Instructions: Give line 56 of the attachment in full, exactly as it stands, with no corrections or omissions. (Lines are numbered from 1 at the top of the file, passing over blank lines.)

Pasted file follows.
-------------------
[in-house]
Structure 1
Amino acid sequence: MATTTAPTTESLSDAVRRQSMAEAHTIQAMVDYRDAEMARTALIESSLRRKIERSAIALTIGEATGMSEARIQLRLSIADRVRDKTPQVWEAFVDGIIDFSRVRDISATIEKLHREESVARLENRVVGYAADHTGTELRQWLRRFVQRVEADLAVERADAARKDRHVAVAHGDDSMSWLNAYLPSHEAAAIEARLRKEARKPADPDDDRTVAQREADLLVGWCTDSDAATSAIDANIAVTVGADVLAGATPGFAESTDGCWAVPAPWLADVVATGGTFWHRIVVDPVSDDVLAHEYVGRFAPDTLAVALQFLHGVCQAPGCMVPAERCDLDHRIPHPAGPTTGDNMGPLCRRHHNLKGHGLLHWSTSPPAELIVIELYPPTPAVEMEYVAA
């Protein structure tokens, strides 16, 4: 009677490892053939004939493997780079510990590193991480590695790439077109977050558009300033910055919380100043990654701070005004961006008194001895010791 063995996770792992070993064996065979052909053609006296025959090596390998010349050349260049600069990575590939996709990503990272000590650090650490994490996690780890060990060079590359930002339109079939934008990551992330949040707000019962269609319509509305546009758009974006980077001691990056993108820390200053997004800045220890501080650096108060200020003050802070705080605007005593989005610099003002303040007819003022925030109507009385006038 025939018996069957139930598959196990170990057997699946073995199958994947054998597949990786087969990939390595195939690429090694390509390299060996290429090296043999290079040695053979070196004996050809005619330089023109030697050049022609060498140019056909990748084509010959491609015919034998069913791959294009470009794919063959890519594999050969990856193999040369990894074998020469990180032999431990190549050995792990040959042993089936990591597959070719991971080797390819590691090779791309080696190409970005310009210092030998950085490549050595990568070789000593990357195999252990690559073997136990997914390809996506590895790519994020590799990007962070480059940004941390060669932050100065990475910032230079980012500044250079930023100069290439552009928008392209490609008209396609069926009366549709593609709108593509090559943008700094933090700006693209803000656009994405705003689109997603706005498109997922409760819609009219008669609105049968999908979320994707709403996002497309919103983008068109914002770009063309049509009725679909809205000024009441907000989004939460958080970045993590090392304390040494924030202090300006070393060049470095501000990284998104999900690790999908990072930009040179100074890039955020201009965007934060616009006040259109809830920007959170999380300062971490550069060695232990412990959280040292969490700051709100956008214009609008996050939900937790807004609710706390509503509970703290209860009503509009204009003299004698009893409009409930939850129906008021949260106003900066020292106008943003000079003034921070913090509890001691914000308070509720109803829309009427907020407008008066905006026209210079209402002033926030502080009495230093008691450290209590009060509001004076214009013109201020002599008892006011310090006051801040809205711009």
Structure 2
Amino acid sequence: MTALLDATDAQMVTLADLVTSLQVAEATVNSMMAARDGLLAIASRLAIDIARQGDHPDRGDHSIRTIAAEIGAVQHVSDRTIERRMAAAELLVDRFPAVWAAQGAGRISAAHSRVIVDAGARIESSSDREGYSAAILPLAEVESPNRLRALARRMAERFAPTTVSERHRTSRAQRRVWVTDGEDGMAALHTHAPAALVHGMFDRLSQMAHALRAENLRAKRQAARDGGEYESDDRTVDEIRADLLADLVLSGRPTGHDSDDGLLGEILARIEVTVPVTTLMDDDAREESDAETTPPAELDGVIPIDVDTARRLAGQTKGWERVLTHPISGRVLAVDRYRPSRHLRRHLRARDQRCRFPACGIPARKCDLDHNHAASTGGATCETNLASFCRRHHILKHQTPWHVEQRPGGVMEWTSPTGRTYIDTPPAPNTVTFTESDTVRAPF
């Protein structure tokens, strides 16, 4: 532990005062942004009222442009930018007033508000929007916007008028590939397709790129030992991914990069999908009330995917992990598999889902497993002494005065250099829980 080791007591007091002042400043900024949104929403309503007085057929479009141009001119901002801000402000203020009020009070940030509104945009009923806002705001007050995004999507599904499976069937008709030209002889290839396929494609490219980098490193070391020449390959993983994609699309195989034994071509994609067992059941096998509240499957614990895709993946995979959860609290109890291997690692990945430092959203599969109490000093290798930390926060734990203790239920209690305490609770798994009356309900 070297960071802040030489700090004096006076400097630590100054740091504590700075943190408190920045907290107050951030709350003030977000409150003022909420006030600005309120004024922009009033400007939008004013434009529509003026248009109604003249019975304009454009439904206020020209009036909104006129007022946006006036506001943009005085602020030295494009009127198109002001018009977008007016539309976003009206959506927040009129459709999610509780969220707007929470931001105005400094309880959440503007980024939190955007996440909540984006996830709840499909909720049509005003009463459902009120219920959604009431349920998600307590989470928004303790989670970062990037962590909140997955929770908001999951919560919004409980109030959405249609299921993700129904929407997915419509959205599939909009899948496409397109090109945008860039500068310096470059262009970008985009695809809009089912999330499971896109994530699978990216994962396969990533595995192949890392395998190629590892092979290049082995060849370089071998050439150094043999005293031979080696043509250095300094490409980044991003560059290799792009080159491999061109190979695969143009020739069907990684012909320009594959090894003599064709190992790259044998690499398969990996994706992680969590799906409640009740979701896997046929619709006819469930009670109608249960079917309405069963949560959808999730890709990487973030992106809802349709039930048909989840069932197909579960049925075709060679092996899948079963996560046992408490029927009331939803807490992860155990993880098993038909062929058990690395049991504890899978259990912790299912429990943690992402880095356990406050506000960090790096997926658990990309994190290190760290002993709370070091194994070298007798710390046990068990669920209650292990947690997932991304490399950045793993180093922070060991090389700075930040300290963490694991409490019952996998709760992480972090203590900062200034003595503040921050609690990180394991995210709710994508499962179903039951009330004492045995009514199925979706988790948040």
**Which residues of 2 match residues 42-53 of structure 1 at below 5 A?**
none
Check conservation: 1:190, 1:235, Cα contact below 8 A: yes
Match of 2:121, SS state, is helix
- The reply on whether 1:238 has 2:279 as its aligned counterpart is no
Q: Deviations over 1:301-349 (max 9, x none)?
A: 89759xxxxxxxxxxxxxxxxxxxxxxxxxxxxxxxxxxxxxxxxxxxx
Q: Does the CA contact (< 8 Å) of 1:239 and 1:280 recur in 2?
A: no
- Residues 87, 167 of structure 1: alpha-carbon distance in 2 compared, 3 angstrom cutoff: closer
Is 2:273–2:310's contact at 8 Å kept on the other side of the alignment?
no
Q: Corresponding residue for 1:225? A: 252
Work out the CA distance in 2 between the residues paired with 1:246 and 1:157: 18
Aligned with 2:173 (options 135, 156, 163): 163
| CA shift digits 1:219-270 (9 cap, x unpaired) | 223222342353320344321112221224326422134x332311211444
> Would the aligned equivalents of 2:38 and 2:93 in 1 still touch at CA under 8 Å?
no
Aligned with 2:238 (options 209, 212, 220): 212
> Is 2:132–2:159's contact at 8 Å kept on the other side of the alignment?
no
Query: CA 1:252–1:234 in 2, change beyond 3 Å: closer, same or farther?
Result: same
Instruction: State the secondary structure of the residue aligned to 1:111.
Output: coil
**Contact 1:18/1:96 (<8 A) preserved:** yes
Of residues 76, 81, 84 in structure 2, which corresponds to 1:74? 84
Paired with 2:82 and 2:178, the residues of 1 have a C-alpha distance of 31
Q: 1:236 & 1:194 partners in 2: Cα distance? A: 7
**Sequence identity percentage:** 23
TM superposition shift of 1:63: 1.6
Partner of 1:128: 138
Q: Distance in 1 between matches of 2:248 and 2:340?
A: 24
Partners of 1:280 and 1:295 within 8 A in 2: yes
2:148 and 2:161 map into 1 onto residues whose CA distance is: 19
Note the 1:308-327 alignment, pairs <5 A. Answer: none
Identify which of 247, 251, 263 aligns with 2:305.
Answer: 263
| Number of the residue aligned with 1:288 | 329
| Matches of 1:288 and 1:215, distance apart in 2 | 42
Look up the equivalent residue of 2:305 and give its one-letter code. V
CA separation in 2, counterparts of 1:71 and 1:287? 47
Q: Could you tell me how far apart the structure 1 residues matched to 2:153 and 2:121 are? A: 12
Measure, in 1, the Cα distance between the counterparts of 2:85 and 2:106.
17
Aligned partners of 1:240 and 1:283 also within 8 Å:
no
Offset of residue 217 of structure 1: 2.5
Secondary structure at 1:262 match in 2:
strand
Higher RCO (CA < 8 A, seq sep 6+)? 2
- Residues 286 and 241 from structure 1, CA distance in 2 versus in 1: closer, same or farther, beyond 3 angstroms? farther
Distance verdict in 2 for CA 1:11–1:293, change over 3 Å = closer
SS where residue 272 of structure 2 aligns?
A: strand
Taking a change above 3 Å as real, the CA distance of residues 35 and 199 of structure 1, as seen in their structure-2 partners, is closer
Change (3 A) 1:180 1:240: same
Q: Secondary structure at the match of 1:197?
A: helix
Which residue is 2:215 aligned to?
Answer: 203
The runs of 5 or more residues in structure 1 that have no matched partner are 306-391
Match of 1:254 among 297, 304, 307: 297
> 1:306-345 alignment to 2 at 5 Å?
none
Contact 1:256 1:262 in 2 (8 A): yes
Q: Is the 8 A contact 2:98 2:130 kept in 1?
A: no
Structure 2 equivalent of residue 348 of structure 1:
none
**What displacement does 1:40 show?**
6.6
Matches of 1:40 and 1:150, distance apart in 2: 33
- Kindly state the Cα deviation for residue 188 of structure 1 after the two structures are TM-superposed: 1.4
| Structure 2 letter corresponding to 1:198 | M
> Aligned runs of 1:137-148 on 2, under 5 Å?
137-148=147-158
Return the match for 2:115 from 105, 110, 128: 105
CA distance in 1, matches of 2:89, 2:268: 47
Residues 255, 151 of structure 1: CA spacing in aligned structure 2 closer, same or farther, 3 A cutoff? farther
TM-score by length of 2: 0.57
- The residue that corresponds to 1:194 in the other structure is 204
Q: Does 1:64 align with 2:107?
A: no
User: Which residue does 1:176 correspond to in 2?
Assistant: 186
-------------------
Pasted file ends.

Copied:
Offset of residue 217 of structure 1: 2.5